Summer Institute in Chinese provides rare opportunity to learn Mandarin
While many high schoolers spend their summers by the pool or working in temporary jobs, about 50 seize the opportunity to learn Mandarin at Queens.
The two-week Summer Institute in Chinese, which just completed its second year, uses grant money to help fill local gaps in the instruction in Eastern languages. Participants learn about Mandarin language and culture from program instructors who are all native speakers and are teachers at local schools.
In addition to classroom instruction in the Mandarin dialect, participants try Chinese cooking, race dragon boats on Lake Norman, and learn Chinese dances and martial arts. Through it all, they speak as much Mandarin as possible.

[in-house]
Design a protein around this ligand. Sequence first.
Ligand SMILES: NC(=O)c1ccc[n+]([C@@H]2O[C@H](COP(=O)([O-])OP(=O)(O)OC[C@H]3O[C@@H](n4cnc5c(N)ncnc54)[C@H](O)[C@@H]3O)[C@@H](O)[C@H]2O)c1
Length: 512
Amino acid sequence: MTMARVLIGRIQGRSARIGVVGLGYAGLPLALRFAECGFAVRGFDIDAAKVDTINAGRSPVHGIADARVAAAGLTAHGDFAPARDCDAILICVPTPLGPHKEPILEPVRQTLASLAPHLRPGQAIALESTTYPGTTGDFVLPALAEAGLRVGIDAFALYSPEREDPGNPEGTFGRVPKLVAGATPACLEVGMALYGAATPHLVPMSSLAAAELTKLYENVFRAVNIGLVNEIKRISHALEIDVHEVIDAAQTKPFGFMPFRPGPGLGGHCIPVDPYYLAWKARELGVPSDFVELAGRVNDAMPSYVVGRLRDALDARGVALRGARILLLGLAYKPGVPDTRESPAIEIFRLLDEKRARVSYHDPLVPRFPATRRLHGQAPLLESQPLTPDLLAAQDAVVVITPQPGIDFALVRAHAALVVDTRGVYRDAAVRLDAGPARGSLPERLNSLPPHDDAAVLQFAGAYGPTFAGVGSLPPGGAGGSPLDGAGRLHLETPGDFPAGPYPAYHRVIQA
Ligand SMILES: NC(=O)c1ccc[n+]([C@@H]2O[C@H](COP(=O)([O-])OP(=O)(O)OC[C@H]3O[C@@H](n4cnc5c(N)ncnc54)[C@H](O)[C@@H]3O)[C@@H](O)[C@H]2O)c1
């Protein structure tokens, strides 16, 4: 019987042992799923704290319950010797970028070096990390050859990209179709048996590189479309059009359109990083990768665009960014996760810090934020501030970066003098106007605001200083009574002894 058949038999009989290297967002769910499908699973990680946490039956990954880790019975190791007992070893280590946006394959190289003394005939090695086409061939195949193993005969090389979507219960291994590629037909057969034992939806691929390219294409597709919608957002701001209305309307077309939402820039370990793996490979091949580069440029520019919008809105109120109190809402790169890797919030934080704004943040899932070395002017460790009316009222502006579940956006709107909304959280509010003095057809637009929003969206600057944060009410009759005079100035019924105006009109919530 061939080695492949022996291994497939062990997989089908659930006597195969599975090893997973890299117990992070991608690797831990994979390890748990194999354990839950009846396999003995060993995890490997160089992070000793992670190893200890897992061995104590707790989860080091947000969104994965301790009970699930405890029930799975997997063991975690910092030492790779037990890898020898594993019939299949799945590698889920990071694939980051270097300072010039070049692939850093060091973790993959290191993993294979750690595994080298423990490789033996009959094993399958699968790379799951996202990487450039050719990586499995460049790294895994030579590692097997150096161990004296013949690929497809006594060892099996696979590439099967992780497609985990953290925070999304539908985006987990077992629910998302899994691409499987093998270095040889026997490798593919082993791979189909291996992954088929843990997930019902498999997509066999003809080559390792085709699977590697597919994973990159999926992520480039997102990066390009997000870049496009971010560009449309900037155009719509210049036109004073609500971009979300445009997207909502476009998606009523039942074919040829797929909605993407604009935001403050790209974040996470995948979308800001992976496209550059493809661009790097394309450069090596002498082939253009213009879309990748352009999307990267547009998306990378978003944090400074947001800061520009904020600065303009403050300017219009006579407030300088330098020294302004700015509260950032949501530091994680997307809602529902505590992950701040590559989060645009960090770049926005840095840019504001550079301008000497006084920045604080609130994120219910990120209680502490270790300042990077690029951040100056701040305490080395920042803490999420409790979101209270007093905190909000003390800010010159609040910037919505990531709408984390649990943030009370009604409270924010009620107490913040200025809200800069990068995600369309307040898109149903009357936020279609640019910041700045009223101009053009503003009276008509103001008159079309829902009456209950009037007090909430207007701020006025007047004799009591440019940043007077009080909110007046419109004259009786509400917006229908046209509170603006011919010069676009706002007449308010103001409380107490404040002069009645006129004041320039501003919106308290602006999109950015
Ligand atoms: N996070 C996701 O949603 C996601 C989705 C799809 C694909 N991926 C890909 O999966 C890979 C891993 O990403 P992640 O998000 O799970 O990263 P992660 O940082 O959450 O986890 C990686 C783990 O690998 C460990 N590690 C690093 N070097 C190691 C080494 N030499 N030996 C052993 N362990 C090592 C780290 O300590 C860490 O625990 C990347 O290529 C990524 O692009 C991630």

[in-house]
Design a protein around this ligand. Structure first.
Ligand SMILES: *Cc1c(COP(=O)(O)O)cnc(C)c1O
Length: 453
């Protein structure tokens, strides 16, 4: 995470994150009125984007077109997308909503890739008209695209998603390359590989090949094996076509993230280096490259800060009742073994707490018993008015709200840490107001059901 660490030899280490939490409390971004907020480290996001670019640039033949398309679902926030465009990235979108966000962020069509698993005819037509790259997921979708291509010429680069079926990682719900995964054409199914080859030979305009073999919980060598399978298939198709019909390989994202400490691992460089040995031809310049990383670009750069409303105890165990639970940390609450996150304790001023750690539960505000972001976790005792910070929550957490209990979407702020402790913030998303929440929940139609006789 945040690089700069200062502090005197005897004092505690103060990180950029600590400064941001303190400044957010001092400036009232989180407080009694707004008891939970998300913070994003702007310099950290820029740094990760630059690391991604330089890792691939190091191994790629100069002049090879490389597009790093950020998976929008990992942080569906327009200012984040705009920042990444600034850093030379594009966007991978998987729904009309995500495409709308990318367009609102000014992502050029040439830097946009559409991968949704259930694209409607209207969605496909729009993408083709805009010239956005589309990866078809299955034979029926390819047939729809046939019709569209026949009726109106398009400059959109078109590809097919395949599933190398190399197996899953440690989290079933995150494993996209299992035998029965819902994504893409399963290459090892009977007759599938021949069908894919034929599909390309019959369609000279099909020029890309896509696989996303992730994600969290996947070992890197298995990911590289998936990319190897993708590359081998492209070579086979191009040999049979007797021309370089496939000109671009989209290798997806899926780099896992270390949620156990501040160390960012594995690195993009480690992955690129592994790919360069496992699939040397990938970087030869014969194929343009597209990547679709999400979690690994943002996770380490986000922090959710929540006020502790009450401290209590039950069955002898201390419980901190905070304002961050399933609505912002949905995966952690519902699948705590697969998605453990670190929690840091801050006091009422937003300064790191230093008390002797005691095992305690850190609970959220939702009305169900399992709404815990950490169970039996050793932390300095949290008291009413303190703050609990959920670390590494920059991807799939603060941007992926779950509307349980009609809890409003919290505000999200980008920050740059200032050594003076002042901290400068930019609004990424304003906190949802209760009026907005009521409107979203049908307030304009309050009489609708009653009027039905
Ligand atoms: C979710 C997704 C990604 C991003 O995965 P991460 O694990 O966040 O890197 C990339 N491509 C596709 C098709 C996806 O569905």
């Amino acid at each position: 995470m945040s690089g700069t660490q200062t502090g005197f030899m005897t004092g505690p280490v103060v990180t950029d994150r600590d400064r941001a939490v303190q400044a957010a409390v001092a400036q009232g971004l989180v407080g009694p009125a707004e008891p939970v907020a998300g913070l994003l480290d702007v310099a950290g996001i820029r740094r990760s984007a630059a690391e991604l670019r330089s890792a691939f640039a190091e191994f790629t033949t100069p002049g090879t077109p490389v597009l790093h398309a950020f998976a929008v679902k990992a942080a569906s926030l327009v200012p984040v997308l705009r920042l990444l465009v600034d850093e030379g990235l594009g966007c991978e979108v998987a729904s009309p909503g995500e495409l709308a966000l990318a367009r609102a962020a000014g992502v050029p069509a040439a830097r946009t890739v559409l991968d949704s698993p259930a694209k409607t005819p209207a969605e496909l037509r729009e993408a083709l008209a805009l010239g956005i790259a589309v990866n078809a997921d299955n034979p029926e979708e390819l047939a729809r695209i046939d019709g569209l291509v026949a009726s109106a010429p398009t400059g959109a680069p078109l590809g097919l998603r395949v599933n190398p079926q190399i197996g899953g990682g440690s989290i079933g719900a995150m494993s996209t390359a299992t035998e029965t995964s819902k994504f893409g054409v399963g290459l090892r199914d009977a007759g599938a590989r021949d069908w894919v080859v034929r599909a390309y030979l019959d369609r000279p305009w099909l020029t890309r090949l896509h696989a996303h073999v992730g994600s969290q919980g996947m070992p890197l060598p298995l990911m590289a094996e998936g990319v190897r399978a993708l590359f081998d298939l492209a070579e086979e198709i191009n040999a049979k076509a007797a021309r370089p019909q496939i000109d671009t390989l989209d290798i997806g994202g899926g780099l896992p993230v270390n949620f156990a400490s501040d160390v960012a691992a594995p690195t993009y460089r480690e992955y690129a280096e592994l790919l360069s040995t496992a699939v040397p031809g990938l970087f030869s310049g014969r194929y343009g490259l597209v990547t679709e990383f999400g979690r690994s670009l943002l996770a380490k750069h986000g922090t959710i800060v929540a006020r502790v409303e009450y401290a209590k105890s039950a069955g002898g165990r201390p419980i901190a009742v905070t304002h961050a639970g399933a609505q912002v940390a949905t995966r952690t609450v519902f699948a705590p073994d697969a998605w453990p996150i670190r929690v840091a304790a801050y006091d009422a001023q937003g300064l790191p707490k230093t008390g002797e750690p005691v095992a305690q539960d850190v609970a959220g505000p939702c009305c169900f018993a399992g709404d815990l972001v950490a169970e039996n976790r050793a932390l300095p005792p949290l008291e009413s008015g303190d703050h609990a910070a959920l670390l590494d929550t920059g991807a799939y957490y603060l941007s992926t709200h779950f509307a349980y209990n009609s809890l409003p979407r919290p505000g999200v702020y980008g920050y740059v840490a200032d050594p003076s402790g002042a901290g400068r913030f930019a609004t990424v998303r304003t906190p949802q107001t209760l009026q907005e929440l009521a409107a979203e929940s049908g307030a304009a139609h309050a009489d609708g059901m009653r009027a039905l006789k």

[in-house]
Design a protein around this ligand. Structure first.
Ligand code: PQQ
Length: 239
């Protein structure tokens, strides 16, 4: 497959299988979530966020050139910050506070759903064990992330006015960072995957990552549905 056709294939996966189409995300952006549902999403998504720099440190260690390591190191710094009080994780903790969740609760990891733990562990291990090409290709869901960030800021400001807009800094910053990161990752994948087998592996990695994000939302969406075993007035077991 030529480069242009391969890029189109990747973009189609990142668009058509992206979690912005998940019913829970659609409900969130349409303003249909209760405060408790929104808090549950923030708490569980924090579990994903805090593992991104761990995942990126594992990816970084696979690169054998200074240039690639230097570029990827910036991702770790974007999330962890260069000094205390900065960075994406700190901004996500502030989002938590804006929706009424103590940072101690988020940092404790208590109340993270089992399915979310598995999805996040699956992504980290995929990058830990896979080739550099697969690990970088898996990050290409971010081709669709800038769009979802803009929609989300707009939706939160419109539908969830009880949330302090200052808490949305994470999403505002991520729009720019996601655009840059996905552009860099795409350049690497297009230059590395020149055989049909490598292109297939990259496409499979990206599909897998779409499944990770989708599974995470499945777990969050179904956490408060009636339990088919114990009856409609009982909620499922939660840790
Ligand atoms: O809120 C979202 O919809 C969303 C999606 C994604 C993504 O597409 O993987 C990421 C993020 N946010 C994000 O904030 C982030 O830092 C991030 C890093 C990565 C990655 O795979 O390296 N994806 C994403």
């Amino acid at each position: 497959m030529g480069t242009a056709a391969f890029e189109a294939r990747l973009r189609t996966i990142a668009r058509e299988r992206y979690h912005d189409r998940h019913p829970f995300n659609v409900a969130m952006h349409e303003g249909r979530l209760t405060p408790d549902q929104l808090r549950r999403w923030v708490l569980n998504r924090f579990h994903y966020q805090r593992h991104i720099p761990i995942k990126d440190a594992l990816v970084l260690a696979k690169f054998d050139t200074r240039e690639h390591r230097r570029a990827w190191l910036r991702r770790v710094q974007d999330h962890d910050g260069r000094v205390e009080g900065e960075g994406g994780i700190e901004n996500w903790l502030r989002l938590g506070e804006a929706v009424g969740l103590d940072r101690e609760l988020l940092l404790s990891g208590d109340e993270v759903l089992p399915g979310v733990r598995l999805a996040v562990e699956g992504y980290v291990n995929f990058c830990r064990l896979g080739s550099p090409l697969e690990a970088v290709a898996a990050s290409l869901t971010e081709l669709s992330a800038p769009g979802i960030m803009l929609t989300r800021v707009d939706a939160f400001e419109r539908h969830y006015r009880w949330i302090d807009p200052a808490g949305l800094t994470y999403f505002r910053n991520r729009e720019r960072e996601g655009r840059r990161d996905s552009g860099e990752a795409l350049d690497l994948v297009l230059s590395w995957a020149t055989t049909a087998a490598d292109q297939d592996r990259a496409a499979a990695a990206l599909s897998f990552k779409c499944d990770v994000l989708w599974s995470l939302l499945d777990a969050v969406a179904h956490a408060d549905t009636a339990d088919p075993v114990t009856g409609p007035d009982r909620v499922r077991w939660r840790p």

Few public schools are able to offer Mandarin classes, said Dr. Alexa Royden, assistant professor of political science at Queens. There just aren't enough speakers of the dialect to teach them and limited money for language programs. Yet there's more demand for Mandarin speakers because of increased business and other relations between China and America.
With public school budgets strapped because of the sagging economy while the business climate becomes more global, seats for the few language programs that exist are in high demand. At Queens participants pay a nominal $50 fee to enjoy the program.
Auditors of the institute have said that Queens adds a unique element to its instruction: university students help tutor participants and also lead cultural learning activities. The experience also helps them build their Mandarin-language knowledge and confidence in using the language.